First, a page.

George McGovern hopes he has a better experience with The Watergate this time.
The longtime former South Dakota senator and congressman has an office in Washington, D.C., with the OFW law firm. The firm shifted its offices to The Watergate, a massive, five-building office/apartment/hotel complex, on Monday.
The Watergate entered the American cultural lexicon 39 years ago on June 17, 1972, when burglars under the control of the Nixon administration were caught entering the Democratic National Committee offices on the sixth floor of The Watergate.
McGovern, a part-time Mitchell resident, was the Democratic presidential nominee that year. The term "Watergate" is forever tied to the '72 campaign.
"Look, I thought we'd put that behind us," McGovern said with a laugh Tuesday during a telephone interview with The Daily Republic. He said he had no problem working in The Watergate, a hub of Washington politics and power for decades.
"I sure hope that no one breaks into my office this time," McGovern said a few days ago, a quote that appeared in The Washington Post's The Reliable Source blog and on numerous websites.
Although he sought to make the Watergate burglary a major issue during the closing days of the 1972 campaign, the public and most of the media weren't that interested. President Richard Nixon defeated McGovern in a landslide, with McGovern only carrying Massachusetts and Washington, D.C.However, in 1973 and 1974, Watergate became the biggest story in the world as a series of criminal actions by the Nixon administration and campaign were uncovered. President Nixon resigned on Aug. 9, 1974, while McGovern served six more years in the Senate.
The term "gate" is now attached to most political scandals.
McGovern, 88, is a senior policy adviser for OFW, which also employs former South Dakota congresswoman Stephanie Herseth Sandlin as a principal attorney. The firm bills itself as "the nation's premier FDA and USDA law firm."
Marshall Matz, a principal attorney, or partner in the firm, said McGovern has enjoyed the irony of now working in the facility that is linked to the most famous political scandal in world history.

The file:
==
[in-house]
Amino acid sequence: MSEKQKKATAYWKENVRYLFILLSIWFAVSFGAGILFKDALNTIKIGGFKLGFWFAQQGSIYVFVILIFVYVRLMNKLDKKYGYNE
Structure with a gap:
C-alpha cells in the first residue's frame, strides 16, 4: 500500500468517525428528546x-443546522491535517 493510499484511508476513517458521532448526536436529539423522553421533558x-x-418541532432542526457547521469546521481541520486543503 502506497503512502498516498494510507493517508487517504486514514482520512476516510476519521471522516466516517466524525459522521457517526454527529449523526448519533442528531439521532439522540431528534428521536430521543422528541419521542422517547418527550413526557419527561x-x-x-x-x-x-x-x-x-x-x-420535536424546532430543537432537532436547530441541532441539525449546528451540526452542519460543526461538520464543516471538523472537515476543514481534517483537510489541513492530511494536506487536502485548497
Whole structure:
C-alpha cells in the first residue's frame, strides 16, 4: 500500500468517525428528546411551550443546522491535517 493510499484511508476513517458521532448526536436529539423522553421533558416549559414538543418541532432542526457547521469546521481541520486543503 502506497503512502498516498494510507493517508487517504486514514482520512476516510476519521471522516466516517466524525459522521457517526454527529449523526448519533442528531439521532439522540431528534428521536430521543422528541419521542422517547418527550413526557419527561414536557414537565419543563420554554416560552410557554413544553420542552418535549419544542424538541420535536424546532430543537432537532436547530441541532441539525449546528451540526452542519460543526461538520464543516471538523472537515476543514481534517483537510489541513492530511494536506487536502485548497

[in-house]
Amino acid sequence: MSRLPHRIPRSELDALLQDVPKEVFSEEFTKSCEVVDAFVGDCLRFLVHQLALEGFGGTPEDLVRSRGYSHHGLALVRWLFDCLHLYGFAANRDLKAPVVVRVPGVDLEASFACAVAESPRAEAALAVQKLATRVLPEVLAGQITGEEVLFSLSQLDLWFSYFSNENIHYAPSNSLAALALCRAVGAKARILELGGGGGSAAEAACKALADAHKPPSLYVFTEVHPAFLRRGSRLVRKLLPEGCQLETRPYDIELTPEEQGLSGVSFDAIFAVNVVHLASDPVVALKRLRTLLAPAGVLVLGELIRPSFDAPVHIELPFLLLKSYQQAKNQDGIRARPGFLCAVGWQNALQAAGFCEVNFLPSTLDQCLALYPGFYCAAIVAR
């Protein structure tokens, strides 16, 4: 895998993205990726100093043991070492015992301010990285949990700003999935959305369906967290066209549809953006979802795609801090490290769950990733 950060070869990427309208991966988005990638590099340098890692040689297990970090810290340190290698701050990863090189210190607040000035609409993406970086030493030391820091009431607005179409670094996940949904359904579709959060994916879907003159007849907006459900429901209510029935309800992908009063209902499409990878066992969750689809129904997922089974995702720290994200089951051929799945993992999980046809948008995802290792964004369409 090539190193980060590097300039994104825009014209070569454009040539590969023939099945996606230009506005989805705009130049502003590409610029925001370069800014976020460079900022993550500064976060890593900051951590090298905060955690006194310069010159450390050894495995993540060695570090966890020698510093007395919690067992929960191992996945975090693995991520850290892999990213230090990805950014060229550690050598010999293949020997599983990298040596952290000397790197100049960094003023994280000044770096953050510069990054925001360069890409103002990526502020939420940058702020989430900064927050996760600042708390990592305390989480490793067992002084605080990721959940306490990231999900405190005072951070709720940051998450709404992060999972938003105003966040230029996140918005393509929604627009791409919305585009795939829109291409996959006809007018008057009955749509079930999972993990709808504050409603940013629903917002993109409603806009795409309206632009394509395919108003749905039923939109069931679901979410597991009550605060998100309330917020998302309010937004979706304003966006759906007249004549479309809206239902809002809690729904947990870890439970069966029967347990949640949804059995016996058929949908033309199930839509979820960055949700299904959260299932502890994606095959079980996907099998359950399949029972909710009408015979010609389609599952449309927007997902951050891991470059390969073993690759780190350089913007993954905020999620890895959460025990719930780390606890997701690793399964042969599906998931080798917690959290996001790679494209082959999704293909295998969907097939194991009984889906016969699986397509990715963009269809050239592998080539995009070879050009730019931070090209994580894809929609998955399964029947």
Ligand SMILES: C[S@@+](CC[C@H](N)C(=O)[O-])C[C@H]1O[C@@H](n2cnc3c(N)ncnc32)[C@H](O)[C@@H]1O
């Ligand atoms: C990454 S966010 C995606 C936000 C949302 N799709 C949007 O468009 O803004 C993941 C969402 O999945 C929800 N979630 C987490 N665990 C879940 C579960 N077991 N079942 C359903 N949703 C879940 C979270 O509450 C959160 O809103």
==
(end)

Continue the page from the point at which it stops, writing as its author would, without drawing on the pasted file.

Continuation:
"George has such a good sense of humor, he likes chuckling about it," said Matz, a New England native who has worked and spent time in South Dakota since 1972.
He said the law firm chose to move to The Watergate for two reasons: price and location. Because of increased security, getting around the District of Columbia has become extremely difficult in recent years, Matz said.
McGovern, who said he has been in The Watergate complex several times since 1972, said it holds no negative connotations for him.
"I've known a lot about The Watergate," he said. "It's a nice building ... I think we're lucky to be there."
In addition to McGovern working in The Watergate, albeit on a very part-time basis, the complex is home to former Kansas senator Bob Dole, who was the chairman of the Republican National Committee in 1972.
Matz was hired by Bill Janklow to work for South Dakota Legal Services and later worked for McGovern when he was in the Senate.
Matz remained in touch with McGovern after McGovern was defeated in the 1980 election and brought him to the OFW law firm several years ago, he said.
McGovern will make his first appearance at the Watergate office on Tuesday and will be back on Wednesday, July 6, for meetings with Treasury officials, Matz said.
He said aside from working with McGovern and Herseth Sandlin, OFW has an interest in South Dakota. It has an office in Lower Brule, Matz said, and he has the title ambassador to the United States of America for the tribe.
Matz has a residence in Sioux Falls and has voted in South Dakota since he moved here in 1972, he said.
McGovern spoke to The Daily Republic from his home in Florida but said he plans to return to Mitchell in time for his 89th birthday on July 19.